The basket record 802 is linked to an account record 804, an IF status record 806, an order type record 808, and a contact record 810. The account record 804 includes fields for the account identifier (key), the customer identifier, the account balance, the type of account, the objective, the clearing account, the account opened date, the account status (open/closed), the SMA balance, the account closed date, the institutional identifier, the agent bank identifier, the agent bank customer identifier, the DTCID, the default IF order identifier, the commission rate, the interest rate, the margin rate, the credit line, the e-mail address, the reservation, the MS type, and the master identifier. The IF status record 806 includes fields for the IF status identifier, and the description. The order type record 808 includes fields for the order type identifier, and the description. The contact record 810 includes fields for the contact record identifier, the password, the last name, the first name, the e-mail address, the street address, a second street address, the city, the state, the zip code, the country, the telephone number, the cellular telephone number, and the facsimile number.

An asset record 812 is linked to the basket record 804, the order type record, an asset status record 814 and an exchange record 816. The asset record 812 includes fields for the asset identifier (key), the bid price at order, the ask price at order, the IF identifier, the type, the flags, the symbols, the quantity ordered, the entry day and time of creation, the contact identifier, the initial value, the quantity received, the exchange identifier, the reference identifier, and the status. The asset status record 814 includes fields for asset status identifier, and the description. The exchange record 816 includes fields for the exchange identifier, the name, the country, the description, the street address, a second street address, the city, the state, the zip code, the telephone number, the facsimile number, and the contact.

An execution record 818 is linked to the asset record 812, an execution type record 820 and an execution service record 822. The execution type record 820 includes fields for the execution type identifier, and the description. The execution service record 822 includes fields for the execution service identifier, the description, the name, the rates, the street address, a second street address, the city, the state, the zip code, the country, the telephone number, the facsimile number, the contact, and the e-mail address.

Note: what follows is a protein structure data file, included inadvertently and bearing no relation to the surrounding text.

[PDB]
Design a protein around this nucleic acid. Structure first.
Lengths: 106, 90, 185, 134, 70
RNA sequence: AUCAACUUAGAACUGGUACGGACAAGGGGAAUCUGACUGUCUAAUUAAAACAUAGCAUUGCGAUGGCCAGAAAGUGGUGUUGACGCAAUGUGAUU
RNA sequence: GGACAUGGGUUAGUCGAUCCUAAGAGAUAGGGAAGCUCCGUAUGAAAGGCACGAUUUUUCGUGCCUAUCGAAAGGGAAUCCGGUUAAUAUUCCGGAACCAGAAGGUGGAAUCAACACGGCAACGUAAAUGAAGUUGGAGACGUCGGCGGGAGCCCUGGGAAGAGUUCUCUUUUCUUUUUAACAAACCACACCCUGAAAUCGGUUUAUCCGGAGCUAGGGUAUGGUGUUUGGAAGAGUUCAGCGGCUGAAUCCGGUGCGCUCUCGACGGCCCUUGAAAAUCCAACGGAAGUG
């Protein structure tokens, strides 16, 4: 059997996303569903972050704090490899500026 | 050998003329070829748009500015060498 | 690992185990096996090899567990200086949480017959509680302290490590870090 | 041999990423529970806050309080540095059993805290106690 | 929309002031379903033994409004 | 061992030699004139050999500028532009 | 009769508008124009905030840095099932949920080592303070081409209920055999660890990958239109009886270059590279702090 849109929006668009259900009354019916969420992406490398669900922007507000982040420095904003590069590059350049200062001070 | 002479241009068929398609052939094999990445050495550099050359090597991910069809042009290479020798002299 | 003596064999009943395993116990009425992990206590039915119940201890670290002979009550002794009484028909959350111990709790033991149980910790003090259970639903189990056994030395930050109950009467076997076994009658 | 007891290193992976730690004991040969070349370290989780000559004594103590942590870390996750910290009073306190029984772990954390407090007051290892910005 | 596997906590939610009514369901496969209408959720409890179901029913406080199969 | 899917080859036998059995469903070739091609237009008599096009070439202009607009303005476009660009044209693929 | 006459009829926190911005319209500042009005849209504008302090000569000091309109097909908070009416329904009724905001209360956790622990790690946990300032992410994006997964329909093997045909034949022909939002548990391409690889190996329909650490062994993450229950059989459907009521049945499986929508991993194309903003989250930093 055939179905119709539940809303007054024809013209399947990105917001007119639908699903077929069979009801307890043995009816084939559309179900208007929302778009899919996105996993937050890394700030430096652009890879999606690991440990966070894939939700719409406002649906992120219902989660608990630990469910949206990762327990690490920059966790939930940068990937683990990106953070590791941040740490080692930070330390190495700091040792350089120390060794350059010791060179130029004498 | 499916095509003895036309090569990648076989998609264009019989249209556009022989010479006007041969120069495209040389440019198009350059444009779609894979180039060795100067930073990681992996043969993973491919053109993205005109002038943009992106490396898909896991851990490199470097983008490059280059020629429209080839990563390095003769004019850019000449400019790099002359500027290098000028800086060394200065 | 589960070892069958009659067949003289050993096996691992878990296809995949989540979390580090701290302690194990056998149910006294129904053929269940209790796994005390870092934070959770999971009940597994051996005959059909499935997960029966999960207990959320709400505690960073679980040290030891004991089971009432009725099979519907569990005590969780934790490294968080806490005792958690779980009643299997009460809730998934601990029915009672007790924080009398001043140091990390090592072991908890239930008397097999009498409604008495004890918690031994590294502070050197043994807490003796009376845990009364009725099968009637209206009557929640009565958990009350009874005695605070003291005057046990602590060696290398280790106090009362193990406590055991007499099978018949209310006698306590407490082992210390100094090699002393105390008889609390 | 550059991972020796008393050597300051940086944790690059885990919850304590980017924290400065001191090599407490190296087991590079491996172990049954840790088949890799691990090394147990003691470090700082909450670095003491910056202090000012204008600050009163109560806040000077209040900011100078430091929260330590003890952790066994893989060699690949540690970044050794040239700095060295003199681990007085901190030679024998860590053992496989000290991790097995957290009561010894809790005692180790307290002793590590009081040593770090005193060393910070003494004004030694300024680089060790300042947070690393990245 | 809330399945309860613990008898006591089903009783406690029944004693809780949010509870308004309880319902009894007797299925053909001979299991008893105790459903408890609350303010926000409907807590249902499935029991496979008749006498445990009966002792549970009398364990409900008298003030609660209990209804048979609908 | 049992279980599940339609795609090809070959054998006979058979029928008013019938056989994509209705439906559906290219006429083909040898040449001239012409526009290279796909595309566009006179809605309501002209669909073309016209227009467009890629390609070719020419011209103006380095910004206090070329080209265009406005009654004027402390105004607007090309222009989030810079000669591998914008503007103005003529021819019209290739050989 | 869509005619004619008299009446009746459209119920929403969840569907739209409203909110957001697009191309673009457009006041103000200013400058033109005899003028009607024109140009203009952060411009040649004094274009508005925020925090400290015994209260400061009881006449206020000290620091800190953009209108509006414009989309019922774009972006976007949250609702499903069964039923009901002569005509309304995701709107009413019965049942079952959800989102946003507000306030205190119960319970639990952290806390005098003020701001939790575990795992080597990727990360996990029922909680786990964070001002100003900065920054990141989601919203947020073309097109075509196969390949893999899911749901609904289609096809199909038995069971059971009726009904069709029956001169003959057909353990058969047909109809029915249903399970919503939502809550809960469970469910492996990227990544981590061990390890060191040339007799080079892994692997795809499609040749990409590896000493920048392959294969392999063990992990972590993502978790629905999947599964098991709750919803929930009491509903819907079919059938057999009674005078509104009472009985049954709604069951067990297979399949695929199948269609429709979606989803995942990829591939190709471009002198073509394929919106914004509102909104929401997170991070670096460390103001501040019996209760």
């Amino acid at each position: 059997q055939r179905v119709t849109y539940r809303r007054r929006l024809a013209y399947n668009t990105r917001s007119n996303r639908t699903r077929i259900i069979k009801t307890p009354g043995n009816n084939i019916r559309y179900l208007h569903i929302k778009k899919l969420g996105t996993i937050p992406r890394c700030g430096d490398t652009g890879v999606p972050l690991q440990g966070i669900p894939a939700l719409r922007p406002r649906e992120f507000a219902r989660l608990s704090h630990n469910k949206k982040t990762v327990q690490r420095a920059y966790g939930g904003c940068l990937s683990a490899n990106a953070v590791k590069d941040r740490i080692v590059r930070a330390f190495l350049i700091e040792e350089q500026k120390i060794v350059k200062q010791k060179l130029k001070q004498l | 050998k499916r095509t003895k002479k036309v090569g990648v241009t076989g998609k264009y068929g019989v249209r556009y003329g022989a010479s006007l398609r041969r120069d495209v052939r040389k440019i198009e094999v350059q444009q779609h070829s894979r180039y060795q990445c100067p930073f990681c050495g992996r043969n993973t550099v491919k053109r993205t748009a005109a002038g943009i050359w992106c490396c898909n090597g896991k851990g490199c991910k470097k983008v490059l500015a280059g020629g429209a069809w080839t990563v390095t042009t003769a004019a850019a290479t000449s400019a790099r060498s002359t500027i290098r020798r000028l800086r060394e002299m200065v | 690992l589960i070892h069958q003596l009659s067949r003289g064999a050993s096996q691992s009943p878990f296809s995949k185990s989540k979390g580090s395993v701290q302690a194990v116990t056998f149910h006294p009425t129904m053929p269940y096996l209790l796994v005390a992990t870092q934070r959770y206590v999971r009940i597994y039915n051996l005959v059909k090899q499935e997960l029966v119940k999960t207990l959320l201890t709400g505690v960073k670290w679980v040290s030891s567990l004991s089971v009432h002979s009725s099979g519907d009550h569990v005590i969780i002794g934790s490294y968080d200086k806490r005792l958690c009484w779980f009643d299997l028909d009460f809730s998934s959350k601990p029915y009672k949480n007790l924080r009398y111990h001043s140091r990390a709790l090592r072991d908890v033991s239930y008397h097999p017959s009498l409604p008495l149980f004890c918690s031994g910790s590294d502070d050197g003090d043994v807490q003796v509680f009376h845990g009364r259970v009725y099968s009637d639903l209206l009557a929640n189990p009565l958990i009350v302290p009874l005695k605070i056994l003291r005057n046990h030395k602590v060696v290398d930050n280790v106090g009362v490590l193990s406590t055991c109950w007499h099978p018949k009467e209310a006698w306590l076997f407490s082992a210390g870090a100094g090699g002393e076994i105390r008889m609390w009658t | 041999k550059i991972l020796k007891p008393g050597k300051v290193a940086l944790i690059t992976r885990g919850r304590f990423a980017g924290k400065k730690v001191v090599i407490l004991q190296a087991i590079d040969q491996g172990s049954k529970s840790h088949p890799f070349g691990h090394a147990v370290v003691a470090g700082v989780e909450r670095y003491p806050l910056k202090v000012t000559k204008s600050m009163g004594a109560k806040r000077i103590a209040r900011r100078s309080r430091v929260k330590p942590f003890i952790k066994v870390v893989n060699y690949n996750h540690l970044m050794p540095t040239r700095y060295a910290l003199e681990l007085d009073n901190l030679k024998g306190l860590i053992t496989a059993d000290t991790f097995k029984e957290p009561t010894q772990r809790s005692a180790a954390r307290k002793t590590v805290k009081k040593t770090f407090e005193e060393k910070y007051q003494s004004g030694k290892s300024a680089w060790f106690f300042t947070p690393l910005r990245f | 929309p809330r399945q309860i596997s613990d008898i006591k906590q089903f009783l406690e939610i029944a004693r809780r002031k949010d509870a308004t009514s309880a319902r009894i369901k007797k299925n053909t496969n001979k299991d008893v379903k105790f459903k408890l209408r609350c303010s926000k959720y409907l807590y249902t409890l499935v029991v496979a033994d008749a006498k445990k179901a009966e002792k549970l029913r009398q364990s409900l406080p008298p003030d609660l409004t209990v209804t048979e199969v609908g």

The account record 804 is linked to a customer record 824, an account objective record 826, an account status record 828, an account type record 830 and a master account type record 832. The customer record 824 includes fields for the customer record identifier, the customer name, the TIN, the street address, a second street address, the city, the state, the zip code, the country, the telephone number, the facsimile number, the type, the brokerage employer, and the e-mail address. The account objective record 826 includes fields for the account objective identifier, and the description. The account status record 828 includes fields for the account status identifier, and the description. The account type record 830 includes fields for the account type identifier, and the description. The master account type record 832 includes fields for the master account type identifier, and the description.

The customer record 824 is linked to a customer type record 834 and a broker dealer record 836. The customer type record 834 includes fields for the customer type identifier, and the description. The broker dealer record 836 includes fields for the broker dealer name, the street address, a second street address, the city, the state, the zip code, the country, the telephone number, the facsimile number, and the contact.

An execution service exchange record 838 is linked to the execution service record 822 and the exchange record 816, and includes fields for the execution service exchange identifier, the exchange identifier, and the preference.

An account contact record 840 is linked to the contact record 810, the account record 804 and an access level record 842. The account contact record 840 includes fields for the account contact identifier, the contact identifier, and the access level. The access level record 842 includes fields for the access level identifier, and the description.

An account adjustment record 844 is linked to the account record 804 and an account adjustment type record 846. The account adjustment record 844 includes fields for the account adjustment identifier, the account identifier, the type, the amount, the Contra Bank, the Contra Account, the Contra reference number, the entry day and time of creation, the contact identifier, and notes. The account adjustment type record 846 includes fields for the account adjustment type identifier, and the description.